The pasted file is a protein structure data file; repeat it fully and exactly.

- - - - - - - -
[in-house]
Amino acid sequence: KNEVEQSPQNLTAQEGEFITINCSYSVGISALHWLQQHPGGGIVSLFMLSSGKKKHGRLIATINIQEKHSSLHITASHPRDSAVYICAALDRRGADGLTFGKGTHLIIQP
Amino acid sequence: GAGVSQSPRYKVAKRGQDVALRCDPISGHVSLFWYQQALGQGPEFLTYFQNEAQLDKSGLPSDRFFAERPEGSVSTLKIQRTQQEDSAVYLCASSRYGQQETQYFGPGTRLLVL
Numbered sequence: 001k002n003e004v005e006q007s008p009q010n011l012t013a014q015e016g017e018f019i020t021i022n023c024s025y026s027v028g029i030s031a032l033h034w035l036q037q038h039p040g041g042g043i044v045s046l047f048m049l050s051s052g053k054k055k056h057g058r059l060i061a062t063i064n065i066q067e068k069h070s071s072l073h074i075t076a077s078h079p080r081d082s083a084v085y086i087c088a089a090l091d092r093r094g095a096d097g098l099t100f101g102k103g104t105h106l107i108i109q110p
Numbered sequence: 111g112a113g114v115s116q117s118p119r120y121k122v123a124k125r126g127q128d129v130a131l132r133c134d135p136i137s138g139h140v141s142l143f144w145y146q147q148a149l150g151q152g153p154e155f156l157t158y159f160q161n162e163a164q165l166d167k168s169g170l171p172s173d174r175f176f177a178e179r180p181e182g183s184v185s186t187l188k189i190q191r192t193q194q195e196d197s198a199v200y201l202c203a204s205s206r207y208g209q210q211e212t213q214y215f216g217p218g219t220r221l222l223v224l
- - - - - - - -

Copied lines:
[in-house]
Amino acid sequence: KNEVEQSPQNLTAQEGEFITINCSYSVGISALHWLQQHPGGGIVSLFMLSSGKKKHGRLIATINIQEKHSSLHITASHPRDSAVYICAALDRRGADGLTFGKGTHLIIQP
Amino acid sequence: GAGVSQSPRYKVAKRGQDVALRCDPISGHVSLFWYQQALGQGPEFLTYFQNEAQLDKSGLPSDRFFAERPEGSVSTLKIQRTQQEDSAVYLCASSRYGQQETQYFGPGTRLLVL
Numbered sequence: 001k002n003e004v005e006q007s008p009q010n011l012t013a014q015e016g017e018f019i020t021i022n023c024s025y026s027v028g029i030s031a032l033h034w035l036q037q038h039p040g041g042g043i044v045s046l047f048m049l050s051s052g053k054k055k056h057g058r059l060i061a062t063i064n065i066q067e068k069h070s071s072l073h074i075t076a077s078h079p080r081d082s083a084v085y086i087c088a089a090l091d092r093r094g095a096d097g098l099t100f101g102k103g104t105h106l107i108i109q110p
Numbered sequence: 111g112a113g114v115s116q117s118p119r120y121k122v123a124k125r126g127q128d129v130a131l132r133c134d135p136i137s138g139h140v141s142l143f144w145y146q147q148a149l150g151q152g153p154e155f156l157t158y159f160q161n162e163a164q165l166d167k168s169g170l171p172s173d174r175f176f177a178e179r180p181e182g183s184v185s186t187l188k189i190q191r192t193q194q195e196d197s198a199v200y201l202c203a204s205s206r207y208g209q210q211e212t213q214y215f216g217p218g219t220r221l222l223v224l